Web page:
Anyone who has followed this phenomenal series from beginning to end will understand why This is England fans across the country were left bawling their eyes out as the series came to an end the other week.
Yes, the last episode of the series had arrived, a series that had started as a gritty independent film set in 1983 and traveled right up through the years to the beloved era of the ’90s. I can honestly say, I’m going to miss those fictional characters on my TV.
Lol, Woody, Milky, Shaun. We’ve seen these loveable characters grow up in front of the screen (literally as Thomas Surgoose was only 13 when he prised his role on the film as young Shuan). We’ve seen their ups and downs. We’ve witnessed them mature and change throughout the years and true fans will agree, many have become ‘attached’ to them.
Just like the film and previous two series, This is England 86 and 88, this series was NOT a disappointment and the last episode wrapped everything up in a gripping and nail-biting finale where most of our characters got a happy ending.
Lol and Woody finally tied the knot in a wedding, which, although traditional, was certainly as close to ‘them’ as they could get! The reception at the miner’s club was far from fancy but it was certainly true to the characters.
Kelly got kicked out of the flat by Harvey when he found out she was addicted to crack. She ran away and was pursued by poor Gadget. Sadly though, Gadget still doesn’t get the girl.
I think Meadow’s was looking to portray Kelly as the lost soul, running from herself and blaming everyone else for her problems. But you couldn’t help but feel sorry for her when she turns up at Lol’s wedding with a card and finally admits she had a problem with her sister. I’m really glad Meadows allowed Kelly self-reflection as a character. I was starting to worry she’d gone completely off the rails. Her reunion with the gang was cleanly bringing down some walls that have been built between the characters in this series. Harvey appears to be making reconciliations with Kelly. Although Gadget’s fairy tale love story was not to materialize. Harvey appeared to have that corner covered though. But as they say, mates before dates YO!
Shaun, however, did find himself an eligible beau in the form of fellow photography student Charlotte. And Smell was left no more than a fart in the wind. Although she was sure to show her green-eyed monster before the episode was finished. I’m still a bit confused as to why Smell didn’t have more presence in this series, seeing as she was a more developed character previously. But I’m more than happy that Shaun found his vocation and ended the series as one of the most likable and developed of the characters.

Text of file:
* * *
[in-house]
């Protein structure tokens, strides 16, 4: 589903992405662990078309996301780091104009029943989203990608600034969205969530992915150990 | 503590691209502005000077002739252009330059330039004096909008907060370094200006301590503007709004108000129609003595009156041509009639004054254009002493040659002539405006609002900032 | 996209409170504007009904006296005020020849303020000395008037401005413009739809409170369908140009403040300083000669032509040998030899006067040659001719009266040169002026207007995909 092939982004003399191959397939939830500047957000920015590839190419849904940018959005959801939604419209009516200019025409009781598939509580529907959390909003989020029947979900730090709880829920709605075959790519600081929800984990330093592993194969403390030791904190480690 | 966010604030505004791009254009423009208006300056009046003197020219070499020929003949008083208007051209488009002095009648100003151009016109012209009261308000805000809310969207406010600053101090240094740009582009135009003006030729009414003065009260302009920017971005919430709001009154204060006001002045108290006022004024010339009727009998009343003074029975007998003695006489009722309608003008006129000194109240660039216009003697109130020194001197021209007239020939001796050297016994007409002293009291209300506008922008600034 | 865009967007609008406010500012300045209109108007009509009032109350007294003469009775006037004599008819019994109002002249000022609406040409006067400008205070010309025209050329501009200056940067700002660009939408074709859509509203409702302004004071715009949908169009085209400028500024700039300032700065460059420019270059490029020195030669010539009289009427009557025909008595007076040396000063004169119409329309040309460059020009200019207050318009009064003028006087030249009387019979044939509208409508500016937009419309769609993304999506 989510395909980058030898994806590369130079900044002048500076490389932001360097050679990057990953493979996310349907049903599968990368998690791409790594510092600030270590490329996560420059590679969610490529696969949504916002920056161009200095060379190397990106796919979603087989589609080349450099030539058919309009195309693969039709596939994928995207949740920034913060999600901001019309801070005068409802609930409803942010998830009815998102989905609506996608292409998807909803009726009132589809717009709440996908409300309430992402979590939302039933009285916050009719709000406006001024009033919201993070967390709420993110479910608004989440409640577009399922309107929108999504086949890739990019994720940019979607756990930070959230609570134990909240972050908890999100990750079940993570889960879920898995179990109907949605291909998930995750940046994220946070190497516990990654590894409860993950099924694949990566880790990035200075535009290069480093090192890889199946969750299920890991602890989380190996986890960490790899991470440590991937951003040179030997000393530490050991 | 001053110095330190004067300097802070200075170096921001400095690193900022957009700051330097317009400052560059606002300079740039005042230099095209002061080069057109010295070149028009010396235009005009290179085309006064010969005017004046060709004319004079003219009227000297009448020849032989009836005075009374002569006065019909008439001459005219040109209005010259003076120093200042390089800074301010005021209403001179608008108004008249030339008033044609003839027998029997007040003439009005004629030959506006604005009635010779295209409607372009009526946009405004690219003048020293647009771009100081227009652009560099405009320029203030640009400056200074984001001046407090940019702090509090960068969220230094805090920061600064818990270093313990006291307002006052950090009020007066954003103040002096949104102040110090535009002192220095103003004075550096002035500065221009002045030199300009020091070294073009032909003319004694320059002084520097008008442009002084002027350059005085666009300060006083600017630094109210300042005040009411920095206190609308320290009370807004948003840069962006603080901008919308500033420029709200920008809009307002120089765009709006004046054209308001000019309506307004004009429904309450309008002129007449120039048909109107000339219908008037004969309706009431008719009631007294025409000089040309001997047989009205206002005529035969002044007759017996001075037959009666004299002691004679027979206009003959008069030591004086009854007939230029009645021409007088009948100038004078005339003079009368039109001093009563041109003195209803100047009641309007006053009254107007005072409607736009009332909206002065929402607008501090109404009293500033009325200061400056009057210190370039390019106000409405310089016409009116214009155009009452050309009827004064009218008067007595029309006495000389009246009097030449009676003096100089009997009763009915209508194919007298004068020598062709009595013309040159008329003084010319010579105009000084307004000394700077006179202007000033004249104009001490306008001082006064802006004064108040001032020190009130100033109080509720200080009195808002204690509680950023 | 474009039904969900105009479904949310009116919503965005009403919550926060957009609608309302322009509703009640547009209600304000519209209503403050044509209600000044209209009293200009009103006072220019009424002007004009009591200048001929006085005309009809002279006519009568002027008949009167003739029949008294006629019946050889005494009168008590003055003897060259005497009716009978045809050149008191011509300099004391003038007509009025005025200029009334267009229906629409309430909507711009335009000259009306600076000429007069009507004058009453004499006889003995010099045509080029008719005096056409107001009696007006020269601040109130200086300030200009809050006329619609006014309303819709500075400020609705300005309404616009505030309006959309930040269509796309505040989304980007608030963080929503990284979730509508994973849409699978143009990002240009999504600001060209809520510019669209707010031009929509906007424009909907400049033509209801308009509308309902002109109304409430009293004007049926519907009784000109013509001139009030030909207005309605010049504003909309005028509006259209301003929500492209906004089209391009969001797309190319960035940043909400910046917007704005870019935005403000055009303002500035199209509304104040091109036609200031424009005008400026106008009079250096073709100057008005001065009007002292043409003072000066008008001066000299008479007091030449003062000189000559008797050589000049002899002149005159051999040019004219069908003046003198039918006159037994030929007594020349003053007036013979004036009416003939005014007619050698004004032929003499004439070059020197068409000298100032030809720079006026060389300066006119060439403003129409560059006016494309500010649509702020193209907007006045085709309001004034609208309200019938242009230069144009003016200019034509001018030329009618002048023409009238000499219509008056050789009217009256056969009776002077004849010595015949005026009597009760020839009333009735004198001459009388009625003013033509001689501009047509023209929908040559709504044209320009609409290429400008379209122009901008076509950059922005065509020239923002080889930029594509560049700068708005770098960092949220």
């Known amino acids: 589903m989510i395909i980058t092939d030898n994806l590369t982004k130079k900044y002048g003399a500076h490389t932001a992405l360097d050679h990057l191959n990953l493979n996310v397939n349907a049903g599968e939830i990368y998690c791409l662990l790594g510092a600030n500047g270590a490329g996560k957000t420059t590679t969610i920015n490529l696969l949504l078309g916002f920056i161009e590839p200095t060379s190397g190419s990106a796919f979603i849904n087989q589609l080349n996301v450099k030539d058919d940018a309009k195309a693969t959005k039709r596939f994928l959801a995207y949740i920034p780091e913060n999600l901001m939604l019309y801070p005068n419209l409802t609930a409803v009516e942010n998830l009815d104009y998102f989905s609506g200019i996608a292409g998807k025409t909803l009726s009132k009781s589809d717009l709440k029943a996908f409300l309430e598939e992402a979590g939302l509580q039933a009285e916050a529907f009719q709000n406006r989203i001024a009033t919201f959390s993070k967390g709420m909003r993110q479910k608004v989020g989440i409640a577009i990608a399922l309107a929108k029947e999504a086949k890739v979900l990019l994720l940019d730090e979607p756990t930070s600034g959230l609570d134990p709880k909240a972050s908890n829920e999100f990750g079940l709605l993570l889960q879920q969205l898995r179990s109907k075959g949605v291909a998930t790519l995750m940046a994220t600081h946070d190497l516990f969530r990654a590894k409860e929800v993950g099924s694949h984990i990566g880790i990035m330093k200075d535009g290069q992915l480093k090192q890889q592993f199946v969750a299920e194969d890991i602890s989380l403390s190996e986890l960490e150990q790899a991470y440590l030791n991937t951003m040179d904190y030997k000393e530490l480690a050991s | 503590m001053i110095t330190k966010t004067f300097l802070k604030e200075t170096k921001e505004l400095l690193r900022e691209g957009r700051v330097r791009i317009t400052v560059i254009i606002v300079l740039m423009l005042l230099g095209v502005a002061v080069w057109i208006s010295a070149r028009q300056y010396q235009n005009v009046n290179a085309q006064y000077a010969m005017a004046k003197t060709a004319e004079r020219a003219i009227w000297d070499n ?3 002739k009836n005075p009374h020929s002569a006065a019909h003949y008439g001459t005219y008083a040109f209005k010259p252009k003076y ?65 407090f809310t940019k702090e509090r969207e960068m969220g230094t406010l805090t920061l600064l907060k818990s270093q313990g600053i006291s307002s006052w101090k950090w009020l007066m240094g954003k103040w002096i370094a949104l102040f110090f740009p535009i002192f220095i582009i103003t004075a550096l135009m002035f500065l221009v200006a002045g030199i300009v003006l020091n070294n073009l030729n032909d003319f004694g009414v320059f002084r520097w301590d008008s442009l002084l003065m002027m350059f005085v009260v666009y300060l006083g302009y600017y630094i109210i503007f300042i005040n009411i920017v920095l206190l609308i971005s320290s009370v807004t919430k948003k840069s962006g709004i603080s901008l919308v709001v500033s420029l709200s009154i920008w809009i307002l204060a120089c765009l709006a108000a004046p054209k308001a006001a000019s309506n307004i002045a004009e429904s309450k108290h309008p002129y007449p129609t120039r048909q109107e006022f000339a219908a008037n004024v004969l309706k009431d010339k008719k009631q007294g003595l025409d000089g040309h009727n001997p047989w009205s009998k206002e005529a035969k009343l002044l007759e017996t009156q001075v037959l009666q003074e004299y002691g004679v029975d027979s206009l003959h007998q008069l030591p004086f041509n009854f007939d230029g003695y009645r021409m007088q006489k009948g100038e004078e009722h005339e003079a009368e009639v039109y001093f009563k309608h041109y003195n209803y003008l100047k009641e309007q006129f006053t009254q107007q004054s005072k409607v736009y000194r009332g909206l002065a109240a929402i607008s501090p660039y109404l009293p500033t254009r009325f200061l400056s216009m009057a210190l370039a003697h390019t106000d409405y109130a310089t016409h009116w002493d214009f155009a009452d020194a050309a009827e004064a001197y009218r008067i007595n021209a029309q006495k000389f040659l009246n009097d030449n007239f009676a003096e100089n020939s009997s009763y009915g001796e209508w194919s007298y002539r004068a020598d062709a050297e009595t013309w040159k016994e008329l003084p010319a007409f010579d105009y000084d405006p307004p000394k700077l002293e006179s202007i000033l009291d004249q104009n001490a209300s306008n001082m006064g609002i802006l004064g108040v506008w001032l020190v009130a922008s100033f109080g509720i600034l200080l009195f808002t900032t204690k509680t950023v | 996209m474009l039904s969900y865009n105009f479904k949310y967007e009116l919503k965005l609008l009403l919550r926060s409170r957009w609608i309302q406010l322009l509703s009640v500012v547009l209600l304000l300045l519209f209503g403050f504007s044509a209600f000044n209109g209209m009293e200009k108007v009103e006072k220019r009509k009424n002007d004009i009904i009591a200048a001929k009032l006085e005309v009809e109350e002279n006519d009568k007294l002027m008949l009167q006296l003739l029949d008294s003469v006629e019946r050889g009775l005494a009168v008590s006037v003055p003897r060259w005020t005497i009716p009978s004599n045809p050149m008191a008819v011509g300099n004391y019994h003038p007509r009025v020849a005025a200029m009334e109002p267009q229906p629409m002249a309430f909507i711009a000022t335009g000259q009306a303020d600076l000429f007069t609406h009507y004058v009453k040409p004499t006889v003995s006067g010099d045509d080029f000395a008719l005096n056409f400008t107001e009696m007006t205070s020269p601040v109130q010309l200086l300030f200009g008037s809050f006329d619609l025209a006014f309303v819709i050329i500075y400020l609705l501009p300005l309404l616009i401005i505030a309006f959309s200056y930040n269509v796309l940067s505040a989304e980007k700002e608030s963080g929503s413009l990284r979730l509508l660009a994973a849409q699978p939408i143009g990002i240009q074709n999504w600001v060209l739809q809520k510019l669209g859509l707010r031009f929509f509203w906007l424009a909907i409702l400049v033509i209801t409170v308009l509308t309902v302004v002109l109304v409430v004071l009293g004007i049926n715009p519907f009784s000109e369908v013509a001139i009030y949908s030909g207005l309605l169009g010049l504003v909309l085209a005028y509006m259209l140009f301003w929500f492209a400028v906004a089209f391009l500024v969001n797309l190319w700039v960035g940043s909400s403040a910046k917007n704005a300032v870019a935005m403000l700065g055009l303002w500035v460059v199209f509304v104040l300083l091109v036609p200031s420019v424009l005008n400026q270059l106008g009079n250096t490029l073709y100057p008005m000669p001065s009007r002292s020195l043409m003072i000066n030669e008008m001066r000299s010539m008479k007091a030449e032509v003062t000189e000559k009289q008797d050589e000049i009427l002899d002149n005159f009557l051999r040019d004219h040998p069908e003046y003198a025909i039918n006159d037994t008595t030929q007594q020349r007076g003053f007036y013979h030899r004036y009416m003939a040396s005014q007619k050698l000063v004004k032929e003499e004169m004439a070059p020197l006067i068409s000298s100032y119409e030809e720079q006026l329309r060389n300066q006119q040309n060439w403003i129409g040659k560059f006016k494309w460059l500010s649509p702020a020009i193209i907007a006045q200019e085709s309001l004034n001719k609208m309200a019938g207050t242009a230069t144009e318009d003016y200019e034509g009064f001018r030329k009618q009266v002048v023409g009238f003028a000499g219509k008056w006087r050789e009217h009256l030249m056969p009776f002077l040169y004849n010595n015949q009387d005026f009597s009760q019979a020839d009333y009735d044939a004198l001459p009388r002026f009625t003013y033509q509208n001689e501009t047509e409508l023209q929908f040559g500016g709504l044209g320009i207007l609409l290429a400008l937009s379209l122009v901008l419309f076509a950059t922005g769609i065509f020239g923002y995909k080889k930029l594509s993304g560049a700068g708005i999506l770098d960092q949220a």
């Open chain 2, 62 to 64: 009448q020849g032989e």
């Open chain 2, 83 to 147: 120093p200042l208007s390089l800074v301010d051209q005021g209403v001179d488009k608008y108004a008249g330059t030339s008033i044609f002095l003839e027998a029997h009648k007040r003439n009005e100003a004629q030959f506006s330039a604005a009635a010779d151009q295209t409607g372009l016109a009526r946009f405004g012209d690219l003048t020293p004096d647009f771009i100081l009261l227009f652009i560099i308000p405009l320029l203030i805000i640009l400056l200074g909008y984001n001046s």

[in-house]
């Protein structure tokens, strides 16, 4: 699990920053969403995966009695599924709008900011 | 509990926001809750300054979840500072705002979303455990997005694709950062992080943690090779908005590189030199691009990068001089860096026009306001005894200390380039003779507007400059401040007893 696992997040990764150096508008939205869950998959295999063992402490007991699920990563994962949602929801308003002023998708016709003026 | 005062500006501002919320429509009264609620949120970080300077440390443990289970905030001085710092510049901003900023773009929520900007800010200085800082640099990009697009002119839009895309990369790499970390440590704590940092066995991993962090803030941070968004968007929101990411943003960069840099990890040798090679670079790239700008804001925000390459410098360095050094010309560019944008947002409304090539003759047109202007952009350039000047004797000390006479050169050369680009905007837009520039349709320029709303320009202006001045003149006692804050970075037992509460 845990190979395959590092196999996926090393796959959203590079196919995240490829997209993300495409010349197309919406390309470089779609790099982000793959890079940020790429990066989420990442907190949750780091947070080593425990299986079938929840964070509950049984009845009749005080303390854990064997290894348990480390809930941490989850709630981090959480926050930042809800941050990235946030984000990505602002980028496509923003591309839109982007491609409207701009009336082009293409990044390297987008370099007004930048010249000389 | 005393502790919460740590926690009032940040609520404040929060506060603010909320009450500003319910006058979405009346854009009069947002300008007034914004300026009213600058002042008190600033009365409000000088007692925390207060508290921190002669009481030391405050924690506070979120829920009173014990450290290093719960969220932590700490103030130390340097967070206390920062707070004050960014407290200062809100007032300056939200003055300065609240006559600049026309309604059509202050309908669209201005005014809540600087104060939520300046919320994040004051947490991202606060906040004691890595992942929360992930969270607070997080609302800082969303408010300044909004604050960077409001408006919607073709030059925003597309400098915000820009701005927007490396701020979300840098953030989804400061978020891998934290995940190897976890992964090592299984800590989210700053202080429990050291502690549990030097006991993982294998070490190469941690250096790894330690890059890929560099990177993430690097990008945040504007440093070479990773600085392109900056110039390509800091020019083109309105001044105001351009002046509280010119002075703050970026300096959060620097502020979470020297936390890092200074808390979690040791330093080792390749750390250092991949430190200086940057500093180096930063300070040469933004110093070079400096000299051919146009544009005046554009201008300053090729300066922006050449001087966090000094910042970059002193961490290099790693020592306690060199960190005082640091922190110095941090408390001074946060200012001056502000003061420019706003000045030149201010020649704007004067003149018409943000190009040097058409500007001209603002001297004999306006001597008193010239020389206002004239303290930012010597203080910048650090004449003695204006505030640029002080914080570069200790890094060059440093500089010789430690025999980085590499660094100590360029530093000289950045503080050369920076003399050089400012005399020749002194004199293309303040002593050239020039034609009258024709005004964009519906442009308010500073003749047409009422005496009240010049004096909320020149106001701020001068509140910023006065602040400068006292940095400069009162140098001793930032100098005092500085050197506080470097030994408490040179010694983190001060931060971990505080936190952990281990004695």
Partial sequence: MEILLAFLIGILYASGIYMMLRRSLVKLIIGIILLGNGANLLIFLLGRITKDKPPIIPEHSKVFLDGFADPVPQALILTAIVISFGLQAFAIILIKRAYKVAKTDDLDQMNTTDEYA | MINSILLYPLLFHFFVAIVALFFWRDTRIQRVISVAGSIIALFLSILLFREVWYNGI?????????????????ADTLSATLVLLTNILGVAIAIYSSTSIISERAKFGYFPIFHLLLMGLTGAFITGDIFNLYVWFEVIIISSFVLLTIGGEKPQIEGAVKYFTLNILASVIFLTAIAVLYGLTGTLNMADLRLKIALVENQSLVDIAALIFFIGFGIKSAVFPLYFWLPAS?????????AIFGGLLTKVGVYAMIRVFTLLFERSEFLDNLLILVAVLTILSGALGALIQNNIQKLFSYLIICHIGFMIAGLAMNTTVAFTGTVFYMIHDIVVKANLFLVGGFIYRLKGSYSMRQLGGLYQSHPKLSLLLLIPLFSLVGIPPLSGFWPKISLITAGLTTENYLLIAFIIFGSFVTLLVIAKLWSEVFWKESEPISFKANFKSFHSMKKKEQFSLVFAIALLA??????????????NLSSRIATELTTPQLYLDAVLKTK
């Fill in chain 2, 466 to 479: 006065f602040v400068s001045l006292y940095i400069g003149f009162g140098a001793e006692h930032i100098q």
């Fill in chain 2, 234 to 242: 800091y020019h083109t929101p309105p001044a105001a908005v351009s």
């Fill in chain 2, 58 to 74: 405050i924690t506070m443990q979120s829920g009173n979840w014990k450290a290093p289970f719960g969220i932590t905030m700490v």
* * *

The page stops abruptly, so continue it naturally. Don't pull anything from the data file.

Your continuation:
So pretty much all our favourite characters were together again, happy in life and in love.
But that couldn’t account for the fact that this last episode left just a few people ‘upset’ by Combo’s exit from the series.
The café scene in which Milky drove Combo to a derelict café to ‘talk things over’ was possibly one of the most powerful scenes witnessed in the series.
For the first time since the series was born way back in 2006, we see vulnerability in Combo we have never seen before. Even when we cast our minds right back to the end of the film, remembering the brutal assault inflicted on the much loved Milky and just how unprovoked and evil it was, we still can’t help but feel desperately upset when Combo meet’s he’s demise.
Throughout the series, Milky has been deemed a quiet and gentle character. I couldn’t help but feel some frustration and disappointment when he allowed he’s relatives to take Combo away, tears, and regret etched across his face. He didn’t even try to prevent the act from happening.
It’s quite easy to understand why he wanted revenge against Combo. After all, this was the man who left him so badly beaten, his family was unsure he was going to make it. Yet I think this series allowed the audience to reflect on what revenge really means and whether it truly makes us feel better in the long run.
We can understand the resentment Milky feels towards Combo, and his anger. But seeing that look of remorse on Milk’s face throughout Lol and Woody’s wedding celebration just showed how a quick decision acted upon in a moment of passionate anger, can leave you feeling nothing but guilt. As the old saying goes ‘an eye for an eye, makes the whole world blind’.
Stephen perfectly portrayed a man on the edge. I couldn’t have imagined Combo could feel fear. Throughout the series, he has been portrayed as the alpha male, the boss, and a guy who stared fear straight in the face and laughed. But I can guarantee that audiences across the country who watched Meadow’s final installment of This is England on Sunday, would have fought back tears as Combo cried and screamed for he’s own life as the hands of a vicious gang even bigger and stronger than him. I can honestly say that scene was one of Meadow’s most traumatic and emotional. The audience would have felt helpless. Nobody wanted Combo to suffer the way he did. The fans had grown attached to him. And to know he didn’t have such a happy ending will have left a lot of people still attached to their TV screens, hugging them tightly and asking Meadows ‘WHY?’
Meadows really is a creative genius. He captured the countries imagination with some of the most lovable and intriguing characters to ever appear on British television and a story with true realism.
It was British television at it’s finest and truly BAFTA award-winning if I do say so myself.